• $\begingroup$ I don't think this is right. You're talking about a trajectory as seen by a static observer, but the OP is asking about trajectories inside the horizon, where there are no static observers. An object anywhere in the Schwarzschild spacetime can be moving in any direction whatsoever. By the equivalence principle, spacetime is locally Minkowski, so it has the full symmetry of Minkowski space, including the existence of geodesics having tangents in all directions inside the future light cone. $\endgroup$
    – user4552
    Jan 26, 2020 at 17:15
  • $\begingroup$ My answer concerns "entering the EH". I fully agree with what you said regarding the trajectory inside the black hole. $\endgroup$
    – timm
    Jan 26, 2020 at 21:53
  • $\begingroup$ @Ben Crowell:I have improved my answer and +1 for your description of the interior. $\endgroup$
    – timm
    Jan 27, 2020 at 9:19

what will be the trajectory of an object (massive or massless) moving towards the singularity, does it have to follow the shortest path (geodesic)?

Seems there is confusion about what "geodesic" means. In general, a geodesic is a path that minimizes or maximizes a specific quantity$^1$. For example, Fermat's principle states that light moves from one point to another in such a way that the needed time is minimal.

Similarly, General Relativity can be expressed in terms of geodesics, but you have to be careful what geodesics to use!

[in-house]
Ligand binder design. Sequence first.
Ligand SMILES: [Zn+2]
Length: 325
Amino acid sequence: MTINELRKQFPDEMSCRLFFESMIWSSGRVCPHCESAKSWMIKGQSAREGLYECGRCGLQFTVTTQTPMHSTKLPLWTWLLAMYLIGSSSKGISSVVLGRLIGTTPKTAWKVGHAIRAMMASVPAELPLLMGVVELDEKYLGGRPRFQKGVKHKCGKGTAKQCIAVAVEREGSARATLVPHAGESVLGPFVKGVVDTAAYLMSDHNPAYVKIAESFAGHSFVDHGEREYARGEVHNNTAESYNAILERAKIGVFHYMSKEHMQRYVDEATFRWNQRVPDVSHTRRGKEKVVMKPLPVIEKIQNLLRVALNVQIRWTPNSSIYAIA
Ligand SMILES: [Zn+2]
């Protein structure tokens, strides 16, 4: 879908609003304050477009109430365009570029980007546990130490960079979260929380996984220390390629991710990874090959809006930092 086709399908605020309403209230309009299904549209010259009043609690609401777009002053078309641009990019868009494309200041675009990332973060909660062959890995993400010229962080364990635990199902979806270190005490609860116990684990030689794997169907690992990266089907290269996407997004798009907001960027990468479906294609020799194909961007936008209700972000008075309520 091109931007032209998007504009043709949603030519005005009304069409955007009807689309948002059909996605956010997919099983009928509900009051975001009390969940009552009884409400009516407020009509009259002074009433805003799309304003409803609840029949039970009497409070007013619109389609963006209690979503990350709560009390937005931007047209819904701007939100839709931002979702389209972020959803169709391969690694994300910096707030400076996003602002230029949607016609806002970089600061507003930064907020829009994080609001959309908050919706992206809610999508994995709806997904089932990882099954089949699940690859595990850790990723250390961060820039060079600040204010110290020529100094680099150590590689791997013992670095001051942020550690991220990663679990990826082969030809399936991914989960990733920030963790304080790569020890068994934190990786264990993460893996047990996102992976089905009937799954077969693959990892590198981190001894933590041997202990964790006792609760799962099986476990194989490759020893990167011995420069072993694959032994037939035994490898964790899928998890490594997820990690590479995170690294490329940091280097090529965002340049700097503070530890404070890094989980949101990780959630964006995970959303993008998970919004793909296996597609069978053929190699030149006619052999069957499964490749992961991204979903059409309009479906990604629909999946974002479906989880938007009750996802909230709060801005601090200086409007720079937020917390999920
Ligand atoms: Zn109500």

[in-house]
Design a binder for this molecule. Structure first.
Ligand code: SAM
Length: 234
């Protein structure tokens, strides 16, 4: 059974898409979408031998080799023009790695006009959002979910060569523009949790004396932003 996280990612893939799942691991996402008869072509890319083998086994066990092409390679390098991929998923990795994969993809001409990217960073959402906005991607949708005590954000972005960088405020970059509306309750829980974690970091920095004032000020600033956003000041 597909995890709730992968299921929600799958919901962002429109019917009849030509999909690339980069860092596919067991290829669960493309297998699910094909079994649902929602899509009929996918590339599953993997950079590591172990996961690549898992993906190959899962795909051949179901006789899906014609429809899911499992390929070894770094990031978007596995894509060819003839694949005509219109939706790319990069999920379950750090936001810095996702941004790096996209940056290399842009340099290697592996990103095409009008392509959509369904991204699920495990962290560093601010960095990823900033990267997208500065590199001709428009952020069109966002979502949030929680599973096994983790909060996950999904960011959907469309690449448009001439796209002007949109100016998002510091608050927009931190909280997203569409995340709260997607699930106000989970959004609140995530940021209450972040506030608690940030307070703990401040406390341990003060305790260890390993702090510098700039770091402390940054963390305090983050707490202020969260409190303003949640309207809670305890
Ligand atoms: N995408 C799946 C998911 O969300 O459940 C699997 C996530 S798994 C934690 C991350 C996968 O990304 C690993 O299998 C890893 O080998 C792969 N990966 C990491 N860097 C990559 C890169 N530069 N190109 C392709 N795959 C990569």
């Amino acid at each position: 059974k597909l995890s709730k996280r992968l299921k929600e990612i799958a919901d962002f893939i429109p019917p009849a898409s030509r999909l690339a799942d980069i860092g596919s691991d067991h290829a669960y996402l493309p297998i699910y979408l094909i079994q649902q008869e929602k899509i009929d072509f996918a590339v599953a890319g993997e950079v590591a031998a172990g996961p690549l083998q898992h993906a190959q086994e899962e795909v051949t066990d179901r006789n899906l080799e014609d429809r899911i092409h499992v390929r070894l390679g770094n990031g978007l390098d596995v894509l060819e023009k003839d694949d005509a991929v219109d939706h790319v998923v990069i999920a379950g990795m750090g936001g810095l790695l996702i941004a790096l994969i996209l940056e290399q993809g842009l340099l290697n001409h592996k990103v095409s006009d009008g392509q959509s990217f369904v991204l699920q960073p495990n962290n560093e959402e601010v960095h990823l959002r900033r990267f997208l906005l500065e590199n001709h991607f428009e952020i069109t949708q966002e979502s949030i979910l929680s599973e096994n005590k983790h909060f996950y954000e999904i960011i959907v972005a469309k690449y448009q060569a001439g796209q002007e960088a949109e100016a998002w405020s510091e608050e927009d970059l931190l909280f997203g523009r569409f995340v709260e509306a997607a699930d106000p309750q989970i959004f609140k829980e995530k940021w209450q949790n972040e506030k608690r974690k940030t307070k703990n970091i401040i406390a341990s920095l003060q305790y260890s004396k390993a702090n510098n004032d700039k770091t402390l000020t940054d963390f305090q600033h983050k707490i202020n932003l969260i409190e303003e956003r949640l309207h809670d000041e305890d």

Take for example a point $A$ on the surface of earth and a point $B$ one meter beneath it. Then the shortest path connecting them is a straight line, i.e. a line in Euclidean$^2$ space.

Now consider a free-falling body that starts at $t=0$ at $A$ and ends up 1 second later at $B$, i.e. we search for a path that connects $(A,t=0)$ with $(B,t=1)$ which is the trajectory taken by the free-falling object. This path is no more in familiar 3-space, it is in some mathematical space, spacetime for short, and it's characterized by proper time along the path being maximized: For all observers moving from $(A,0)$ to $(B,1)$, the observer that ends up with the maximal clock reading on his clock is the one that is free-falling. And this motion is not along a straight line in 3-space: Time passes slower due to gravity (closer to earth in this case), hence the object can speed up its clock by moving up. However, when moving (up) time dilation also plays a role, and the best compromise to maximize proper time is the known parabola of free fall from classical mechanics.

$^1$ The mathematical definition is more sophisticated.

$^2$ In General Relativity, 3-space is no more Euclidean in general, but for all practical purposes space can be considered to be Euclidean (flat) around the earth or inside of earth.

  • $\begingroup$ Thank you so much. Are you saying that the non radial freefall is a geodesic too? $\endgroup$ Jan 31, 2020 at 16:07
  • $\begingroup$ Non-radial fall is geodesic, too, provided there are no non-gravitational forces (all forces in General Relativity are non-gravitational because gravity is modeled as spacetime curvature). It's just like free fall on earth's surface is geodesic (ignoring air resistance) and free-falling around the earth is geodesic. From a specific point, there are geodesics in all directions because an object can have speed pointing in any direction an still be free-falling. $\endgroup$ Jan 31, 2020 at 16:28